That said let me congratulate cricket Australia on the way it is promoting what it calls `the spirit of cricket', and it will be interesting to see how cricketers the world over react to the vexed question of behaviour on the field.
From what we saw in Adelaide there are signs the players are taking heed. A truly epic encounter in burning heat was made even more memorable because of the spirit in which it was played. So well behaved were the Aussies the umpires were pleasantly concerned and asked the management if everything was alright.
Sledging is not new. Fifty years ago, playing cricket in Yorkshire, I grew up on it. One of the great joys of cricket is the verbal banter between players. It's a long day not to have a word or two.
That's alright. There's a humour in it. But no-one expects to go to work to hear crude sexual allegations about their wives or mothers, or to be insulted by a fellow international cricketer using the vocabulary of the yob, nor, worst of all, to be the victim of racial abuse.
No one wants to neuter a player or a team's competitive instinct. On the other hand to win gracefully and with style is the most important lesson of all because it shows the athlete has not lost his sense of perspective, that he understands what he is engaged in is a game, a pastime, an entertainment and that set against the important things in life - like family, birth, loss, famine, cruelty, war - it doesn't matter. If a game has any purpose in the grand design it is because it doesn't matter except as an antidote to things that do.
This Australian cricket team is one of the best of all time.
But they have been described as `ugly Australians'. The social researcher, Hugh McKay has suggested the Australian public loves to see them winning but finds it hard to love them.
I am tempted to say here that if you don't want them we do, and that if manners are all you have to worry about we devoutly wish we had your problems. Moreover judging by the impeccable standards seen at Adelaide this week both Aussies and Indians can be proud of their contribution to a magnificent occasion.
It is good to see `cricket Australia' addressing the situation at grass roots by working on leadership training with young cricketers. It is this attention to every aspect of producing young cricketers that has given Australian cricket a clear lead on the rest of the world. We - the rest - must be careful the gap does not become unbridgeable.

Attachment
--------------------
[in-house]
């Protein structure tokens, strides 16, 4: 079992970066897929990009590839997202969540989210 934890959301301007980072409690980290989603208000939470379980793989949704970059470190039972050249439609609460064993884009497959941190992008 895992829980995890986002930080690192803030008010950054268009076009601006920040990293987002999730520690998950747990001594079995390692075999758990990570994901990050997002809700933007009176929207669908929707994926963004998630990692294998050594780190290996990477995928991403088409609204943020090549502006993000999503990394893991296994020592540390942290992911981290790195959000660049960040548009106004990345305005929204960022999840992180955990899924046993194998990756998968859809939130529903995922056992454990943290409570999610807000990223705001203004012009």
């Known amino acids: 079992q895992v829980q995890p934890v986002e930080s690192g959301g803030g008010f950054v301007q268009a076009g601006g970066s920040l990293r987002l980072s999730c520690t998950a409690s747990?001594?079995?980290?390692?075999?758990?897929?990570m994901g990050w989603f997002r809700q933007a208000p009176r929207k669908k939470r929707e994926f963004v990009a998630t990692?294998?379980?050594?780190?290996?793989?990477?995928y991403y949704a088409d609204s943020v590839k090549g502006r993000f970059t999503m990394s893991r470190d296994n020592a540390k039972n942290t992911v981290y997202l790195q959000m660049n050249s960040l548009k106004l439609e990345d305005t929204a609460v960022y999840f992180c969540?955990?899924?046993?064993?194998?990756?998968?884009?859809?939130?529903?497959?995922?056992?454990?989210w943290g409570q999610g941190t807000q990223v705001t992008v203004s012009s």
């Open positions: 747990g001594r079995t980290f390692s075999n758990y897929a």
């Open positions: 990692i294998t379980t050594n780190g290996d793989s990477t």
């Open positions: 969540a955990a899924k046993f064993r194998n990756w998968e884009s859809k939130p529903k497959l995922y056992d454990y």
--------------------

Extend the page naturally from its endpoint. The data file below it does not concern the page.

Having a great Australian team like Steve Waugh's, is a joy to savour but the rest of the world must learn how to match a system which started under Allan Border, and reached its peak under Mark Taylor and Steve Waugh.
The contrast in producing test cricketers between your country and mine is as extreme as can be imagined. Steve Waugh suggested the other day it might take England 50 years to catch up. There is a rumour he was joking. I don't think so. If I spoke for a day or so I would only scratch the surface of the difference and when you think of the problems of West Indian cricket and its decline you begin to understand that while this Australian team gives us reason to rejoice there is also a genuine concern about the future of the international game.
I would like to use this occasion honouring one great Australian cricketer and captain to pay tribute to another. Steve Waugh bows out of cricket at Sydney in a few days time. He can do so in the knowledge of a job well done.
If Test cricket is a different and better and more exciting game now it is because he made it so. No man born ever wanted to win more than Steve Waugh and yet he wasn't afraid of losing. What he hated was a boring draw.
As a player his record tells us he was one of the greats. But statistics tell you nothing of his remorseless and sometimes ruthless approach to his chosen occupation. He has made a significant contribution to the world of cricket and the highest compliment I can pay is to observe that had he been born in Yorkshire he would have been perfect.
And finally I take it as a sign from the gods that a speech in the name of the greatest Test batsmen of them all should have taken place in a week when we witnessed one of the great test matches. India won and deservedly so but cricket was the real winner.
What we saw demonstrated why test cricket is the ultimate examination of technique, temperament, nerve, sinew and intellect. Why, at its best, its rhythms build to an irresistible climax like a great symphony.
At such times I realise why cricket engages this spectator like no other game. Why it gives this cynical observer hope for the future. Why it deserves the title `Sovereign King of Games'.